HIGHER EDUCATION FROM: Edupage, 25 February 2000 FUTURE OF HIGH-SPEED NETWORKS The National Science Foundation's funding for the vBNS and Abilene networks runs out at the end of March, and observers are wondering whether the efforts by government and academia to build a next-generation Internet will succeed. Last year the University Corporation for Advanced Internet Development's Internet2 group started Abilene, with the intention of giving Internet2 members a means of testing applications in an environment more similar to the regular Internet, says Internet2's Greg Wood. The two networks have agreed to let organizations that link to both networks transmit data across the merged architecture and to give Abilene members access to vBNs resources. Institutions that participate in Abilene and vBNS have noticed performance gains as a result of the networks, but acknowledge that the networks are underutilized and lack advanced applications. The networks have been used for applications including telemedicine, HDTV transmission, and remote control of telescopes and electron microscopes. Multicast technology also appears to be benefiting from vBNS and Abilene. Internet2 members are now working to develop middleware that links different databases and allows them to exchange information. (Network World, 14 Feb 2000)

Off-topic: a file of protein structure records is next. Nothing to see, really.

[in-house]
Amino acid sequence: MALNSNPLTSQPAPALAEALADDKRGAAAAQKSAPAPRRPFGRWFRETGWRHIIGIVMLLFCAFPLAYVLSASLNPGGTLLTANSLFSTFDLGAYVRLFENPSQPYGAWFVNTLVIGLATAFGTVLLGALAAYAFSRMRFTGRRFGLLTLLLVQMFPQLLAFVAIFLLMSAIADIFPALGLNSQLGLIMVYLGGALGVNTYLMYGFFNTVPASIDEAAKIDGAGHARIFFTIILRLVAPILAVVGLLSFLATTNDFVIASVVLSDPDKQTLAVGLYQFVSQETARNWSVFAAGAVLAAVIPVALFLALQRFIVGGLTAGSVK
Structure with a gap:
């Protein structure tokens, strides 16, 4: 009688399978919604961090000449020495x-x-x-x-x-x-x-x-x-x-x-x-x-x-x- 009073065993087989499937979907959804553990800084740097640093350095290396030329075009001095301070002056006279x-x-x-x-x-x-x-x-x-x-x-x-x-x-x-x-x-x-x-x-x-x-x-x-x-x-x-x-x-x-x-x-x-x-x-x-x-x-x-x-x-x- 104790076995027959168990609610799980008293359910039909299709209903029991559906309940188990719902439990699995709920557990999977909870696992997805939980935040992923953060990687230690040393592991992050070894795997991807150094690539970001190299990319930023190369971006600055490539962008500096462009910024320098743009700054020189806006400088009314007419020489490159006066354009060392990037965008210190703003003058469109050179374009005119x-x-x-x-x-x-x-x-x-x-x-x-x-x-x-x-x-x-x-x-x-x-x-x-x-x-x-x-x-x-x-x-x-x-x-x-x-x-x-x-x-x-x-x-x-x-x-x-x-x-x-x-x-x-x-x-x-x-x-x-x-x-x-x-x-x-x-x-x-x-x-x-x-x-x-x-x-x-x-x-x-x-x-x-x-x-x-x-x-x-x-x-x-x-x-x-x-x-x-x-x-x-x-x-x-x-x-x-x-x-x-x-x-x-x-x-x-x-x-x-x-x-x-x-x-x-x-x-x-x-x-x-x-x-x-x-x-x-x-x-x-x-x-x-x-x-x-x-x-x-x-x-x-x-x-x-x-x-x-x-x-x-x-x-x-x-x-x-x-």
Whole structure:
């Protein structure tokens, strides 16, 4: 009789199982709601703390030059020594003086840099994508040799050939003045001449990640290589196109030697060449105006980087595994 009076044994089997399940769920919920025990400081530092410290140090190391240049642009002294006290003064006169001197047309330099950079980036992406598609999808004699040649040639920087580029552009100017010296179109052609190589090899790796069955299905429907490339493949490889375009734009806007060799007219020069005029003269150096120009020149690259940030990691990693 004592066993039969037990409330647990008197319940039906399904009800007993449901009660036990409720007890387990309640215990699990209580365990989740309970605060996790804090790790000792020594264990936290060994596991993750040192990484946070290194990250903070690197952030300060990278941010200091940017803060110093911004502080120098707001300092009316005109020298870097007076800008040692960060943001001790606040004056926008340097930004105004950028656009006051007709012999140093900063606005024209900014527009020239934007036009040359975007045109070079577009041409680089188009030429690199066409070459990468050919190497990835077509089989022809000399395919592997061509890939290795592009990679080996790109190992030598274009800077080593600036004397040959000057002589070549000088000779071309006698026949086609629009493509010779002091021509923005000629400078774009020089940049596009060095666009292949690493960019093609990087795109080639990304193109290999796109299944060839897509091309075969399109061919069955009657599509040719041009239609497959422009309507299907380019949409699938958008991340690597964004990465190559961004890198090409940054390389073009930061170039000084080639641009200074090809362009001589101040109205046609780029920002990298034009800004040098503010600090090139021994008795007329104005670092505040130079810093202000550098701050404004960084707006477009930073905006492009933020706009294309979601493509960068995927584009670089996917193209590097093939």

HIGHER EDUCATION FROM: Edupage, 25 February 2000 NEW PROFITS FOR PROFESSORS A combined $576 million from patent royalties was earned in 1998 by 132 universities, according to an Association of University Technology Managers survey. Columbia University has plans to move beyond the typical nonprofit "dot-edu" models that offer courses and professors' research interests to aggressively market the expertise of its faculty on a new for-profit site. For a cost, researchers will have access to features such as a simulation of the construction and architecture of a French cathedral and interactive 3D models of organic chemicals. Columbia is establishing its for-profit "knowledge site" so that other sites do not begin marketing and profiting from the expertise of its own faculty. Profits from knowledge on the new Web sites will be split between the school, professor, and the professor's department, much like profits from patents are split already. Many observers worry that the school will support profitable professors more than other professors. Columbia would never do something to compromise the integrity of the school, says Ann Kirschner, head of the knowledge site project. (Newsweek, 28 Feb 2000)